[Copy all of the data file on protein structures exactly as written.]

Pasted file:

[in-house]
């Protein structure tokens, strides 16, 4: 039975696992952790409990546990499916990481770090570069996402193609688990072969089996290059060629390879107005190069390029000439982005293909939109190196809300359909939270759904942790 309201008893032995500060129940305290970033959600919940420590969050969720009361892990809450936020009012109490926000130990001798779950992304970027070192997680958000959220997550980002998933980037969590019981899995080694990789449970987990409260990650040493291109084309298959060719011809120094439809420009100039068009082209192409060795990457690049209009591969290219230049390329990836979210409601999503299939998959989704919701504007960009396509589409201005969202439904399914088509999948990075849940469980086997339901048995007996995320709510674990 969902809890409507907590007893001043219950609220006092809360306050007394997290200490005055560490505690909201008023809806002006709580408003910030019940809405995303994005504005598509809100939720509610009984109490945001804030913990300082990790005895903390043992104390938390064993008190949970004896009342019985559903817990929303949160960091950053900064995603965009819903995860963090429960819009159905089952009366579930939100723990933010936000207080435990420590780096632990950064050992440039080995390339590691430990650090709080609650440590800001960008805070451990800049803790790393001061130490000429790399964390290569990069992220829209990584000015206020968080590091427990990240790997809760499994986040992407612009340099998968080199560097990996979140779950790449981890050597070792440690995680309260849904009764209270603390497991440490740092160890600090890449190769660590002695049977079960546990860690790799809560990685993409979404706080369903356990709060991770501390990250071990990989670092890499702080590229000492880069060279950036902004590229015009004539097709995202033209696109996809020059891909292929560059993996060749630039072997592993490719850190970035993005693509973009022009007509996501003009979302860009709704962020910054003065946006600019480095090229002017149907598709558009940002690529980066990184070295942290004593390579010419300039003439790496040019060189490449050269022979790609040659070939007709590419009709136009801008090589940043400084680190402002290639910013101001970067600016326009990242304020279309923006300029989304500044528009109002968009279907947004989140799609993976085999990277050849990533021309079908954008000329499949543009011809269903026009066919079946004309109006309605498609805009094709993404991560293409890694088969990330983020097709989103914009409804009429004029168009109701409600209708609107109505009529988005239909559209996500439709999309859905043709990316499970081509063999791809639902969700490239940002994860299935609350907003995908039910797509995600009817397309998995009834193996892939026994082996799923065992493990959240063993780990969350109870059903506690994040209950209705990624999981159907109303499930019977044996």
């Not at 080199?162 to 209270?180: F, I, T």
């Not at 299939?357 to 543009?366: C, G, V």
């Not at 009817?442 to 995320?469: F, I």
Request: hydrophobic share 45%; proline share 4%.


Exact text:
[in-house]
């Protein structure tokens, strides 16, 4: 039975696992952790409990546990499916990481770090570069996402193609688990072969089996290059060629390879107005190069390029000439982005293909939109190196809300359909939270759904942790 309201008893032995500060129940305290970033959600919940420590969050969720009361892990809450936020009012109490926000130990001798779950992304970027070192997680958000959220997550980002998933980037969590019981899995080694990789449970987990409260990650040493291109084309298959060719011809120094439809420009100039068009082209192409060795990457690049209009591969290219230049390329990836979210409601999503299939998959989704919701504007960009396509589409201005969202439904399914088509999948990075849940469980086997339901048995007996995320709510674990 969902809890409507907590007893001043219950609220006092809360306050007394997290200490005055560490505690909201008023809806002006709580408003910030019940809405995303994005504005598509809100939720509610009984109490945001804030913990300082990790005895903390043992104390938390064993008190949970004896009342019985559903817990929303949160960091950053900064995603965009819903995860963090429960819009159905089952009366579930939100723990933010936000207080435990420590780096632990950064050992440039080995390339590691430990650090709080609650440590800001960008805070451990800049803790790393001061130490000429790399964390290569990069992220829209990584000015206020968080590091427990990240790997809760499994986040992407612009340099998968080199560097990996979140779950790449981890050597070792440690995680309260849904009764209270603390497991440490740092160890600090890449190769660590002695049977079960546990860690790799809560990685993409979404706080369903356990709060991770501390990250071990990989670092890499702080590229000492880069060279950036902004590229015009004539097709995202033209696109996809020059891909292929560059993996060749630039072997592993490719850190970035993005693509973009022009007509996501003009979302860009709704962020910054003065946006600019480095090229002017149907598709558009940002690529980066990184070295942290004593390579010419300039003439790496040019060189490449050269022979790609040659070939007709590419009709136009801008090589940043400084680190402002290639910013101001970067600016326009990242304020279309923006300029989304500044528009109002968009279907947004989140799609993976085999990277050849990533021309079908954008000329499949543009011809269903026009066919079946004309109006309605498609805009094709993404991560293409890694088969990330983020097709989103914009409804009429004029168009109701409600209708609107109505009529988005239909559209996500439709999309859905043709990316499970081509063999791809639902969700490239940002994860299935609350907003995908039910797509995600009817397309998995009834193996892939026994082996799923065992493990959240063993780990969350109870059903506690994040209950209705990624999981159907109303499930019977044996």
């Not at 080199?162 to 209270?180: F, I, T």
């Not at 299939?357 to 543009?366: C, G, V």
């Not at 009817?442 to 995320?469: F, I």
Request: hydrophobic share 45%; proline share 4%.